At this stage, our trim has been finished with the 1500 DA sander. It’s fairly smooth with a satin finish and it’s nice and straight. It’s also been cleaned with a rake.
Now we’re ready to use the buffing wheel. Cody will be using a sisal rope wheel with black buffing compound or rouge. The black compound is very abrasive.
There are two methods to use with the wheel. You can move or push your object toward the wheel, which gives a very smooth finish. Or you can pull your object away from the wheel (cutting), which is more abrasive.
Cody uses both methods, first cutting and then finishing. He begins by adding some black compound to the wheel. He firmly grips the trim and first pulls it away from the wheel, repeating as needed. He is careful to also do the same for the edges. He does not work the piece crosswise.
Then he finishes by pushing the trim toward the wheel. Again he is careful to include the edges.
Note: Even with heavy-duty gloves on, be careful in using the buffing wheels. And make sure you have no loose clothing near the equipment.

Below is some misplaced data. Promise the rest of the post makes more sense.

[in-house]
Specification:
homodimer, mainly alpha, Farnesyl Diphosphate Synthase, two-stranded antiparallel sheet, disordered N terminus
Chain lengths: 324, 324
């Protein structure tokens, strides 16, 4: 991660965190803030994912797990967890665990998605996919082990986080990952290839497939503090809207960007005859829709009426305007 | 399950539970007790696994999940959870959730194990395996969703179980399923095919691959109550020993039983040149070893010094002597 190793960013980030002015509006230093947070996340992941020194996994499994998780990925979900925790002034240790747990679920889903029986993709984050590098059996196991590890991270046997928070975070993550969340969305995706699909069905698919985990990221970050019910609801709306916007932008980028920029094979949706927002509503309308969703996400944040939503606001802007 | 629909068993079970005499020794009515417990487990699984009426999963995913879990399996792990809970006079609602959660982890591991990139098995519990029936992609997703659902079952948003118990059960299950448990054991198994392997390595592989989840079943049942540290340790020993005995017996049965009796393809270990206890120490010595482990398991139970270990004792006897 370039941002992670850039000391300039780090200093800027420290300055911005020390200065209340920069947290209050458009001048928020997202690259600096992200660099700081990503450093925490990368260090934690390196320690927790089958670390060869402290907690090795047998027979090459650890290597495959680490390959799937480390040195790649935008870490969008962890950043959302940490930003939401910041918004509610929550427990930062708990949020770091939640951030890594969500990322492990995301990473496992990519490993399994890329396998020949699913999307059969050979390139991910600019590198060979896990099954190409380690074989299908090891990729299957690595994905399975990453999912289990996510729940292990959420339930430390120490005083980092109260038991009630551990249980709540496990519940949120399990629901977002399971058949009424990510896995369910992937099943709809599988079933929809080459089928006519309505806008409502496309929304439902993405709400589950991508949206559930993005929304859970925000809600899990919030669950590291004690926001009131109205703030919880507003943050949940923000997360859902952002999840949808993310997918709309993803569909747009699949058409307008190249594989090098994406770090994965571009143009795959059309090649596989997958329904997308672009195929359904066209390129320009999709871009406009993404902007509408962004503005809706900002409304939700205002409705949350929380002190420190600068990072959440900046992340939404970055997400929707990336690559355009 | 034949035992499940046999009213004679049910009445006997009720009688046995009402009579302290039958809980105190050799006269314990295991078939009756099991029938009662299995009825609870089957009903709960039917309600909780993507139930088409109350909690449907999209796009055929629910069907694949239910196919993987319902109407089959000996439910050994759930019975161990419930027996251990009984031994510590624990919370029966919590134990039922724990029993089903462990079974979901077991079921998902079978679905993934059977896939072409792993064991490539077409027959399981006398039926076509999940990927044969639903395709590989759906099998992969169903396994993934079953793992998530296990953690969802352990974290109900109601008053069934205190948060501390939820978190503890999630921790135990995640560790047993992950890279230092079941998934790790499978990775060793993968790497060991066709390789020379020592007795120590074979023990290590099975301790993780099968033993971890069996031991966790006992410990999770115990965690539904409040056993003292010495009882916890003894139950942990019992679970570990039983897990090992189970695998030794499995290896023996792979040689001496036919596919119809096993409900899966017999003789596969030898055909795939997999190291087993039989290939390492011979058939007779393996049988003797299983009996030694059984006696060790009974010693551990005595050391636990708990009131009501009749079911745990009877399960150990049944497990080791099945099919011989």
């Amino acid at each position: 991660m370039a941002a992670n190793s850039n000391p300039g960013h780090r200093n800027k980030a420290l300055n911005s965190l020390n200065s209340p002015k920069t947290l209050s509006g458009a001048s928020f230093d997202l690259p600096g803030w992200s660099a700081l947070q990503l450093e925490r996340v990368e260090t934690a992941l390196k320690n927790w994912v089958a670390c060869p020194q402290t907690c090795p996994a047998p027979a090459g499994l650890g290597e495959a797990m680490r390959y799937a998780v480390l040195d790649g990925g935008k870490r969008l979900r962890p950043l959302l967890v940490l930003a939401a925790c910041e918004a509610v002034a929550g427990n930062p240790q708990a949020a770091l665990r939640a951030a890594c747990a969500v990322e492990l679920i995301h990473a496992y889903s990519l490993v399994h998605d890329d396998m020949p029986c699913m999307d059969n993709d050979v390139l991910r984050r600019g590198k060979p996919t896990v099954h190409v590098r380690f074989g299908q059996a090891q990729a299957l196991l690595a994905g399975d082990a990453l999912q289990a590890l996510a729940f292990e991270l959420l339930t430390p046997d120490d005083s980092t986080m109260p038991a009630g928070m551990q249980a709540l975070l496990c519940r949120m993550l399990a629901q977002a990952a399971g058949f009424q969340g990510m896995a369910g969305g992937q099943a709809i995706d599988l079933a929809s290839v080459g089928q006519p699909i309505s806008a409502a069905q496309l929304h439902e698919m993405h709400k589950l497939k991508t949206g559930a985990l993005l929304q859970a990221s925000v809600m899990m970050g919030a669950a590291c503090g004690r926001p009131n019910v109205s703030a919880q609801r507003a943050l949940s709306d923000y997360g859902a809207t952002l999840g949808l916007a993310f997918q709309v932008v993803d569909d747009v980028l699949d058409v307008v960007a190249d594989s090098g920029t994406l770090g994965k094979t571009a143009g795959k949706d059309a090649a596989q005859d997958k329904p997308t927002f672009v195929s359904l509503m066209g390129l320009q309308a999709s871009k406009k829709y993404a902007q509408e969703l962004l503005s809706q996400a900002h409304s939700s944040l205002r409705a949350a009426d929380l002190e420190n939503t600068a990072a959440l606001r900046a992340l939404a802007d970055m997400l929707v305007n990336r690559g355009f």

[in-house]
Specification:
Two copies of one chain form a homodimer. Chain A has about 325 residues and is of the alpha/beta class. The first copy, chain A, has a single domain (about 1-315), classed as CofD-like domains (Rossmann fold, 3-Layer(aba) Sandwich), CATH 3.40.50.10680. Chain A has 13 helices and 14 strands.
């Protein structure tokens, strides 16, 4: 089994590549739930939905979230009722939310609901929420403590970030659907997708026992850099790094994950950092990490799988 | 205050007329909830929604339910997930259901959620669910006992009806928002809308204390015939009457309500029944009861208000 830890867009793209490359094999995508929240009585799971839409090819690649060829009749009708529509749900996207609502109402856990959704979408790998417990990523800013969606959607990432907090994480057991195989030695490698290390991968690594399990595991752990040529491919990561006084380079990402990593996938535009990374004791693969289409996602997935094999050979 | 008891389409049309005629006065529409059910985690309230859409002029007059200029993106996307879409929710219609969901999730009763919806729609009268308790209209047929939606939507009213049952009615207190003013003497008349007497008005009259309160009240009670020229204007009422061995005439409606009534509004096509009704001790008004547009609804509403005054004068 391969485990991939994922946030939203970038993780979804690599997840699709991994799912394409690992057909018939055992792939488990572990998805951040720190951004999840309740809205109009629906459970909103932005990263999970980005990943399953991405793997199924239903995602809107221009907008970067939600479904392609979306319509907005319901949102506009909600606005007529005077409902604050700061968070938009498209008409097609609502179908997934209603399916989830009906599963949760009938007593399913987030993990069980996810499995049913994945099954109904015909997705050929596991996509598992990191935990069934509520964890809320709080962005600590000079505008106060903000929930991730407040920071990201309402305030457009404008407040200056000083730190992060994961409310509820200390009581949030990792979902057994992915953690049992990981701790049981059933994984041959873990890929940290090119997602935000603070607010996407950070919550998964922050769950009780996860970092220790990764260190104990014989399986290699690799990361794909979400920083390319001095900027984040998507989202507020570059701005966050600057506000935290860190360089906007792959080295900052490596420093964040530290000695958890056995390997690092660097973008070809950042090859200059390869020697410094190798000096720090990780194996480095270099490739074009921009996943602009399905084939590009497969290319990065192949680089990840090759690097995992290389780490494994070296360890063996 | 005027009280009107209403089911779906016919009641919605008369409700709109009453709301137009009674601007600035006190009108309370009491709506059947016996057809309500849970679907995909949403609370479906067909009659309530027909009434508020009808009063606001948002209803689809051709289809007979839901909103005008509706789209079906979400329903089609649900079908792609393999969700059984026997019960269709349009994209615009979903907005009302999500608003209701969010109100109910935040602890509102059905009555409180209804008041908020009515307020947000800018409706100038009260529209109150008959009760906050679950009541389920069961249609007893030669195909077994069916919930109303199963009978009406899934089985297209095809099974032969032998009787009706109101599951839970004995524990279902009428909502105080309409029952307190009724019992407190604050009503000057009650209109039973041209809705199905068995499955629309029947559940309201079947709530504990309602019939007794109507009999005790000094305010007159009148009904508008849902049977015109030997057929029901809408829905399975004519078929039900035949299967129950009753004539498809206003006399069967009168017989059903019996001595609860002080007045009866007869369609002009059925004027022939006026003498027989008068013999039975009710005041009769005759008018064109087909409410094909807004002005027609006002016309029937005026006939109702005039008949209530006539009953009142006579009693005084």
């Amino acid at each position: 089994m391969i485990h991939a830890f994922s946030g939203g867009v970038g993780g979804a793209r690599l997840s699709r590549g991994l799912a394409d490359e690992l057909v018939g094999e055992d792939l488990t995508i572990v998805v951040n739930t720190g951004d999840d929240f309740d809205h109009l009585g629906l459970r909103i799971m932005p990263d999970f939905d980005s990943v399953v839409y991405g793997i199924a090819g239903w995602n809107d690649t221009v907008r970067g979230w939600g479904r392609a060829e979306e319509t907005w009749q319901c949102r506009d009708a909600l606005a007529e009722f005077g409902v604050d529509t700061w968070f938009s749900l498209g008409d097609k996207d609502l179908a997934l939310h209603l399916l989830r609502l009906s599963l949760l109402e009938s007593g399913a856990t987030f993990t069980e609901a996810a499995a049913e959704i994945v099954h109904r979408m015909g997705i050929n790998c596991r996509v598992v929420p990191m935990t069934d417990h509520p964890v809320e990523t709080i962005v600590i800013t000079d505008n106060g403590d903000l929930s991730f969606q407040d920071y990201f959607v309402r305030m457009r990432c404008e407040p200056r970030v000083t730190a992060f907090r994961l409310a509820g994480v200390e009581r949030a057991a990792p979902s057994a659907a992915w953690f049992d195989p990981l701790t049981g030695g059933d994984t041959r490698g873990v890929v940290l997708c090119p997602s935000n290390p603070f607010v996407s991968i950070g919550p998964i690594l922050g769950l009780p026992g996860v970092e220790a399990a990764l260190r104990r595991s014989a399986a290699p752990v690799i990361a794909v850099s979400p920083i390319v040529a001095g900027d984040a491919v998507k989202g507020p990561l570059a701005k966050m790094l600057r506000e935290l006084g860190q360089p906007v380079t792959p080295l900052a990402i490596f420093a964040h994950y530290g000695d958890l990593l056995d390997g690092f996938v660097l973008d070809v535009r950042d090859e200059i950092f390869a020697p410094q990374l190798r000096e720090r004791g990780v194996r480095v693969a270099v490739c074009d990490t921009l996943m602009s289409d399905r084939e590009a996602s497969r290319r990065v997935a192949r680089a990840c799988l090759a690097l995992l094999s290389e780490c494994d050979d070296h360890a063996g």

Next we use a tight spiral bound wheel. If you need to change the wheel, always unplug your machine first, so that it doesn’t accidentally turn on.
Repeat the buffing process as above, by first pulling the object away from the wheel and when it looks pretty good, finish it off by pushing it toward the wheel.
The last step uses a loose wheel. Load it up with green compound, which is specifically for stainless. Do not use the “cutting” or pulling movement. Simply push the piece toward the wheel until you see the final polish emerge.
The result: A stainless “mirror” finish.
As Cody summarizes the video series, you can take just about any piece of stainless steel in any condition and “bump it out,” “file it out,” “sand it out,” and “buff it out.”
Video and information courtesy of Automotive Restoration Club
WARNING: Grinding wheels are dangerous. Please refer to ANSI B7.1 Safety Guide. Always wear protective eyewear, face shield, ear protection, and face mask.